Now, this is what I'd been waiting for...for months. Hordes of people talking about the proper time to snip lettuce, kids helping their parents put onions into their (always reusable!) bags, militant environmentalists scolding those not like them...ah, the Boulder Farmers' Market.
At about 11 a.m. on this past, overcast Saturday, I struggled to find parking, then finally abandoned my car and ducked into the market, which was marking its second week of the season. My very own reusable bag in hand, I began my ritual of walking up and down the rows of merchants and farmers showing their goods about 3,000 times as I contemplated what to get. I even stopped and stared at the booth selling flowers and thought, Wow, those flowers are bright and they smell great! Maybe I'll get some! Then I realized they might not match the icy-blue decor of the Keystone Light cans that serve as "art" in my college house.
So I headed over to the tamale stand to get some brain food to help with those tough produce decision. But this early in the season, my options were limited. It may have been the damp conditions that inspired me to go to the Hazel Dell mushroom stand, where I opted for a mixed bag with intentions of slicing the mushrooms, throwing them in a hot pan with some butter, then drizzling balsamic vinegar over them until everythings was all syrupy and rich and earthy. Like mushroom candy. Mmmmm, mushroom candy.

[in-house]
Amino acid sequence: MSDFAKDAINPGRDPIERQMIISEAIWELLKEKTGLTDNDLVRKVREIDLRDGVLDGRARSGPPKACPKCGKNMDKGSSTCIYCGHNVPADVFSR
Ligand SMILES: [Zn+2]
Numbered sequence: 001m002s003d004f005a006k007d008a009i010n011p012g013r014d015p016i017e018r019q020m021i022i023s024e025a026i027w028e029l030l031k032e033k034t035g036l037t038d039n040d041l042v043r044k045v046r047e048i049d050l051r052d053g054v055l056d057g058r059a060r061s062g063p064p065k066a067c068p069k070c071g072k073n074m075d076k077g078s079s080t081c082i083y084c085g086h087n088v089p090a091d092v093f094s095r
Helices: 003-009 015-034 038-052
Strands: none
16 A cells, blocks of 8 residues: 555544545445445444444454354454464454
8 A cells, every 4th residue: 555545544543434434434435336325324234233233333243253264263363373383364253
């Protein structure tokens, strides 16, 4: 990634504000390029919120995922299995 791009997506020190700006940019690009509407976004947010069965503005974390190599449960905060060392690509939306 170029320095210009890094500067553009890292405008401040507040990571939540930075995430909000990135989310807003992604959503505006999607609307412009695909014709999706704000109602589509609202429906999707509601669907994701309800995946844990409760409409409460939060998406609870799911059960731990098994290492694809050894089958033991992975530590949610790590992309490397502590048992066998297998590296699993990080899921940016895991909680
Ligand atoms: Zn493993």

On my way back to the abandoned car, some spring garlic called out to me. Spring garlic (or green garlic or baby garlic) is the underdeveloped version of garlic, and you won't be finding it at Safeway anytime soon. Usually available only from March through May, these tender little plants have a much more subtle garlic flavor, but are just as versatile. Or so I'd heard -- I'd never seen them before, and had simply taken the tales I'd heard of cooks splitting them open and throwing them on the grill as proof of their existence. Now I could test them for myself.
As I walked away from the market, I got a nice, fuzzy feeling that I was actually doing good for the community as well as my own kiitchen. The food doesn't have to be organic and you don't have to drive a Prius in order to eat "local."
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I decided to celebrate by chasing my mushrooms and green garlic with a thirty-rack of "art."